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Things to consider before pursuing fertility treatments

A recent article by Miriam Zoll published in Lilith Magazine highlighted the 10 things she wishes she had known before pursuing in vitro fertilization. Zoll and her husband underwent several expensive IVF treatments, including two attempts using the donated eggs of younger women. After several years and thousands of dollars worth of unsuccessful treatments and reproductive losses, Zoll and her husband became parents through adoption. Zoll chronicles her experiences of high tech fertility treatments in her recently released book Cracked Open: Literty, Fertility and the Pursuit of High Tech Babies. Read more about her book here and her personal story here.

Looking back, Zoll wishes that she had been better informed about the emotional and physical impact of fertility treatments including the grief and loss after treatment failures and miscarriages, as well as the negative impact on her sexuality and sex life. She wishes she would have known about the failure rates for assisted reproductive technologies (ART) like in vitro fertilization, so that she would have been less likely to blame herself for treatment failure. Along with the physical and emotional toll of infertility and its treatment, Zoll says she wasn’t prepared for how costly the procedures would be, and how the fertility industry is itself a business. She also didn’t realize that unlike Canada and Europe, in the US many aspects of fertility treatments are unregulated. Finally, she didn’t expect to be faced with moral and ethical dilemmas such as whether to use someone else’s eggs in her efforts to become pregnant.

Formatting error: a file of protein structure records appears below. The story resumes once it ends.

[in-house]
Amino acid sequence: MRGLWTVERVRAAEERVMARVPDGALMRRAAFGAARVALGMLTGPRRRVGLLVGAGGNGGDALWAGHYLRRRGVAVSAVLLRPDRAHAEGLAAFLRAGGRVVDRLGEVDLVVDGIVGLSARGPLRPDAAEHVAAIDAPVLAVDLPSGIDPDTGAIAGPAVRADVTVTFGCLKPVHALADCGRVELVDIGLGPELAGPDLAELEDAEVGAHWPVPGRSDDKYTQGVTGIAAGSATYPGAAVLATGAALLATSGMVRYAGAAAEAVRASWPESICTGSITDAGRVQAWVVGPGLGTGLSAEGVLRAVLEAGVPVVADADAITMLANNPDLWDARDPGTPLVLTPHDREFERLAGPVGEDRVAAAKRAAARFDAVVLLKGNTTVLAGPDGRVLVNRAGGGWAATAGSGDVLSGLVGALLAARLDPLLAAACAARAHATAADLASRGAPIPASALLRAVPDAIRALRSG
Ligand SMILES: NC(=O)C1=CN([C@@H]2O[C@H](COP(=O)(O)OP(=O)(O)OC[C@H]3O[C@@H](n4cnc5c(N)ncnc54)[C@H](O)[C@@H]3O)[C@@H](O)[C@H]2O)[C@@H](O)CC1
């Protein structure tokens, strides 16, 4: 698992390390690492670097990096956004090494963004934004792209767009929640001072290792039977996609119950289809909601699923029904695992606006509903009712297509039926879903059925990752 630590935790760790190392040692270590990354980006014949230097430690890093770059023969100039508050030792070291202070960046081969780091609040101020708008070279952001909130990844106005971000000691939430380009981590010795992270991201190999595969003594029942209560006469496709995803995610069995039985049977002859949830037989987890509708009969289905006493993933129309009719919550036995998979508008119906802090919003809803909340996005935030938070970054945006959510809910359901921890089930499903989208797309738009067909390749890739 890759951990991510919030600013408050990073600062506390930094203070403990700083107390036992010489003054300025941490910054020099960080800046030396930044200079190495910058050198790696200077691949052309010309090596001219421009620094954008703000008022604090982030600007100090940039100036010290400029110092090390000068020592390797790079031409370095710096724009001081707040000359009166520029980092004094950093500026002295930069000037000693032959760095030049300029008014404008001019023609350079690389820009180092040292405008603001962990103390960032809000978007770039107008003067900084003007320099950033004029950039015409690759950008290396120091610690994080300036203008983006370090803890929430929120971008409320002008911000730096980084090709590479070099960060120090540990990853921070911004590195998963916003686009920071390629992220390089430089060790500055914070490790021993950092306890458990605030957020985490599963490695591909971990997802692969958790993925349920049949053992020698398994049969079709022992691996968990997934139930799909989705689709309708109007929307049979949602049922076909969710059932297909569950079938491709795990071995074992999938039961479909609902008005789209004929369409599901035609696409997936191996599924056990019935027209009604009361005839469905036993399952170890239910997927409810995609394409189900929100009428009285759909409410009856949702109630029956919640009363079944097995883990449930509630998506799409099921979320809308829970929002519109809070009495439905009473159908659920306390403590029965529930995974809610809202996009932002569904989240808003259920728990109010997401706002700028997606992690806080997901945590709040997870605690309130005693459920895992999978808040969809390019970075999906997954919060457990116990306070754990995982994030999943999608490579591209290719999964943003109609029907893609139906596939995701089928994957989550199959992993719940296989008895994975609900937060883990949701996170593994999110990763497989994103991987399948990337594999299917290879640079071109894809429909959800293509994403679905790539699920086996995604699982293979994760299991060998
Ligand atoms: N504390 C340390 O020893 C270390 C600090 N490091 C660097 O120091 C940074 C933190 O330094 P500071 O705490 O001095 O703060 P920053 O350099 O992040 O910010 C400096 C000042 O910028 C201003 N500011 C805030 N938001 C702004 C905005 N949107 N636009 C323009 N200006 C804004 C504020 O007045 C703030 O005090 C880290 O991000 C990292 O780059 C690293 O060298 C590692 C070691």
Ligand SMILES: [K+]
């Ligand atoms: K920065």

Zoll’s desire to inform people about the realities of fertility treatment echoes the thoughts of Lisa Jardine, the outgoing chair of the Human Fertilisation and Embryology Authority in the UK. Jardine says that she wishes that she had been better able to convey to the public not just the benefits, but also the drawbacks to fertility treatments. In particular, Jardine says that the public should have an accurate and realistic knowledge of success rates so that they can weigh these against the physical, emotional, and financial costs of treatment. She says:

“The world of IVF is a market, a market in hope. Those who enter it deserve to be fully informed of its potential to deliver grief and a sense of failure, as well as success.”

Read Zoll’s 10 things she wished she had known before pursuing fertility treatment here. 

Read more about Jardine’s thoughts here.

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